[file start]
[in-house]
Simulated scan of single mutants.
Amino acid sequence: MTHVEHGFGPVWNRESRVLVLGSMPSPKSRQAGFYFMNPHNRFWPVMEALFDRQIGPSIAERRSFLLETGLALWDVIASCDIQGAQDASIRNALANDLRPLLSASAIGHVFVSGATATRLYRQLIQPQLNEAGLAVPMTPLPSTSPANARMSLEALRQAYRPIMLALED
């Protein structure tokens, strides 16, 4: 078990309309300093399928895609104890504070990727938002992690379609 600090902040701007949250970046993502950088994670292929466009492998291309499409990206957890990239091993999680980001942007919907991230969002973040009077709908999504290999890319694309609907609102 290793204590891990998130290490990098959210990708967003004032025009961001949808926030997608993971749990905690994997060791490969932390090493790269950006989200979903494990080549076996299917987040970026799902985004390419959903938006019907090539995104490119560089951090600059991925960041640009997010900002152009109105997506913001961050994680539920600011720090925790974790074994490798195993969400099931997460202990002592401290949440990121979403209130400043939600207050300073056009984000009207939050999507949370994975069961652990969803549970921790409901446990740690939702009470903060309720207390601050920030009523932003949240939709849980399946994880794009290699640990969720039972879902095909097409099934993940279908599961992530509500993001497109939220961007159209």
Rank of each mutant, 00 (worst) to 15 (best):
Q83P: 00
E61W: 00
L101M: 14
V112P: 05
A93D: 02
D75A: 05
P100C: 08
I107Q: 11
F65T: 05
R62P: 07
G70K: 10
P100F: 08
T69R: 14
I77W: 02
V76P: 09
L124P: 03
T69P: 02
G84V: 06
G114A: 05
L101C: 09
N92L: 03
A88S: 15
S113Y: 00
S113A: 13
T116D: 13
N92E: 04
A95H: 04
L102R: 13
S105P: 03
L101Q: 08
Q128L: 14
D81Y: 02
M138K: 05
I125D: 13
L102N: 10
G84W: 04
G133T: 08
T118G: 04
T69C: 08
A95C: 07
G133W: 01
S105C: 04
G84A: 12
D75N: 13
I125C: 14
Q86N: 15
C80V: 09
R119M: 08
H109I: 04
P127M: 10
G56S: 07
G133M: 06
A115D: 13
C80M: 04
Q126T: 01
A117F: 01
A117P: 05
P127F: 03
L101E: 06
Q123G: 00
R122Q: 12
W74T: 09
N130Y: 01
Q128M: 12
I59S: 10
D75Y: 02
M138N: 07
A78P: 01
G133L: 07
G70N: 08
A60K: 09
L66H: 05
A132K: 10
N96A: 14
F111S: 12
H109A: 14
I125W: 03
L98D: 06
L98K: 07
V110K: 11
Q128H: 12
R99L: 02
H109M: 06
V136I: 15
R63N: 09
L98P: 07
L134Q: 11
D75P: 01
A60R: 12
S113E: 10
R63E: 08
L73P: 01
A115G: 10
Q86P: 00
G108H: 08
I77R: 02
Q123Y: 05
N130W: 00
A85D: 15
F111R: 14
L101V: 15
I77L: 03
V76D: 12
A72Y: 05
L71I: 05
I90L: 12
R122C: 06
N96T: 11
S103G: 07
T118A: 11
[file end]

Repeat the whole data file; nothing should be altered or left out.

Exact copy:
[in-house]
Simulated scan of single mutants.
Amino acid sequence: MTHVEHGFGPVWNRESRVLVLGSMPSPKSRQAGFYFMNPHNRFWPVMEALFDRQIGPSIAERRSFLLETGLALWDVIASCDIQGAQDASIRNALANDLRPLLSASAIGHVFVSGATATRLYRQLIQPQLNEAGLAVPMTPLPSTSPANARMSLEALRQAYRPIMLALED
């Protein structure tokens, strides 16, 4: 078990309309300093399928895609104890504070990727938002992690379609 600090902040701007949250970046993502950088994670292929466009492998291309499409990206957890990239091993999680980001942007919907991230969002973040009077709908999504290999890319694309609907609102 290793204590891990998130290490990098959210990708967003004032025009961001949808926030997608993971749990905690994997060791490969932390090493790269950006989200979903494990080549076996299917987040970026799902985004390419959903938006019907090539995104490119560089951090600059991925960041640009997010900002152009109105997506913001961050994680539920600011720090925790974790074994490798195993969400099931997460202990002592401290949440990121979403209130400043939600207050300073056009984000009207939050999507949370994975069961652990969803549970921790409901446990740690939702009470903060309720207390601050920030009523932003949240939709849980399946994880794009290699640990969720039972879902095909097409099934993940279908599961992530509500993001497109939220961007159209």
Rank of each mutant, 00 (worst) to 15 (best):
Q83P: 00
E61W: 00
L101M: 14
V112P: 05
A93D: 02
D75A: 05
P100C: 08
I107Q: 11
F65T: 05
R62P: 07
G70K: 10
P100F: 08
T69R: 14
I77W: 02
V76P: 09
L124P: 03
T69P: 02
G84V: 06
G114A: 05
L101C: 09
N92L: 03
A88S: 15
S113Y: 00
S113A: 13
T116D: 13
N92E: 04
A95H: 04
L102R: 13
S105P: 03
L101Q: 08
Q128L: 14
D81Y: 02
M138K: 05
I125D: 13
L102N: 10
G84W: 04
G133T: 08
T118G: 04
T69C: 08
A95C: 07
G133W: 01
S105C: 04
G84A: 12
D75N: 13
I125C: 14
Q86N: 15
C80V: 09
R119M: 08
H109I: 04
P127M: 10
G56S: 07
G133M: 06
A115D: 13
C80M: 04
Q126T: 01
A117F: 01
A117P: 05
P127F: 03
L101E: 06
Q123G: 00
R122Q: 12
W74T: 09
N130Y: 01
Q128M: 12
I59S: 10
D75Y: 02
M138N: 07
A78P: 01
G133L: 07
G70N: 08
A60K: 09
L66H: 05
A132K: 10
N96A: 14
F111S: 12
H109A: 14
I125W: 03
L98D: 06
L98K: 07
V110K: 11
Q128H: 12
R99L: 02
H109M: 06
V136I: 15
R63N: 09
L98P: 07
L134Q: 11
D75P: 01
A60R: 12
S113E: 10
R63E: 08
L73P: 01
A115G: 10
Q86P: 00
G108H: 08
I77R: 02
Q123Y: 05
N130W: 00
A85D: 15
F111R: 14
L101V: 15
I77L: 03
V76D: 12
A72Y: 05
L71I: 05
I90L: 12
R122C: 06
N96T: 11
S103G: 07
T118A: 11